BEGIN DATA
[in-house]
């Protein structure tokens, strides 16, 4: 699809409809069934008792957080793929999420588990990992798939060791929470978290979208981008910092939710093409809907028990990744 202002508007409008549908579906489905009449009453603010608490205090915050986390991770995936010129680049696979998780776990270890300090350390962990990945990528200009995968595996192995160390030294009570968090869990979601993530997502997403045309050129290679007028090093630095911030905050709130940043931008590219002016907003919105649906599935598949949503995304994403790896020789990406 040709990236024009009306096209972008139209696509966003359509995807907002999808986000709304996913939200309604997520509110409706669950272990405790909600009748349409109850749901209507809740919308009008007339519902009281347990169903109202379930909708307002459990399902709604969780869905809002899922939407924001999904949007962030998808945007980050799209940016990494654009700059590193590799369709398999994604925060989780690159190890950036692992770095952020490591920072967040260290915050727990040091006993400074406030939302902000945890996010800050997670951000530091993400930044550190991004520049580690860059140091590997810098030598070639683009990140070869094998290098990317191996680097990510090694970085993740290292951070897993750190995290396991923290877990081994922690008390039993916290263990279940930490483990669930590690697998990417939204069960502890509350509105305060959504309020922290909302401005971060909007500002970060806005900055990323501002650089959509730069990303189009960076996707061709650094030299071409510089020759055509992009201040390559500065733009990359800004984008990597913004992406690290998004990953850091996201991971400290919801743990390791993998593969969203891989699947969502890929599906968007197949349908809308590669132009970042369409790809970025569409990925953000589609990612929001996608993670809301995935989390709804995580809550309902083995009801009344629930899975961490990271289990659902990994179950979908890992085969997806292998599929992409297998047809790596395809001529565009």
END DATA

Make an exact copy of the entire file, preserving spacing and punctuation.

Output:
[in-house]
């Protein structure tokens, strides 16, 4: 699809409809069934008792957080793929999420588990990992798939060791929470978290979208981008910092939710093409809907028990990744 202002508007409008549908579906489905009449009453603010608490205090915050986390991770995936010129680049696979998780776990270890300090350390962990990945990528200009995968595996192995160390030294009570968090869990979601993530997502997403045309050129290679007028090093630095911030905050709130940043931008590219002016907003919105649906599935598949949503995304994403790896020789990406 040709990236024009009306096209972008139209696509966003359509995807907002999808986000709304996913939200309604997520509110409706669950272990405790909600009748349409109850749901209507809740919308009008007339519902009281347990169903109202379930909708307002459990399902709604969780869905809002899922939407924001999904949007962030998808945007980050799209940016990494654009700059590193590799369709398999994604925060989780690159190890950036692992770095952020490591920072967040260290915050727990040091006993400074406030939302902000945890996010800050997670951000530091993400930044550190991004520049580690860059140091590997810098030598070639683009990140070869094998290098990317191996680097990510090694970085993740290292951070897993750190995290396991923290877990081994922690008390039993916290263990279940930490483990669930590690697998990417939204069960502890509350509105305060959504309020922290909302401005971060909007500002970060806005900055990323501002650089959509730069990303189009960076996707061709650094030299071409510089020759055509992009201040390559500065733009990359800004984008990597913004992406690290998004990953850091996201991971400290919801743990390791993998593969969203891989699947969502890929599906968007197949349908809308590669132009970042369409790809970025569409990925953000589609990612929001996608993670809301995935989390709804995580809550309902083995009801009344629930899975961490990271289990659902990994179950979908890992085969997806292998599929992409297998047809790596395809001529565009």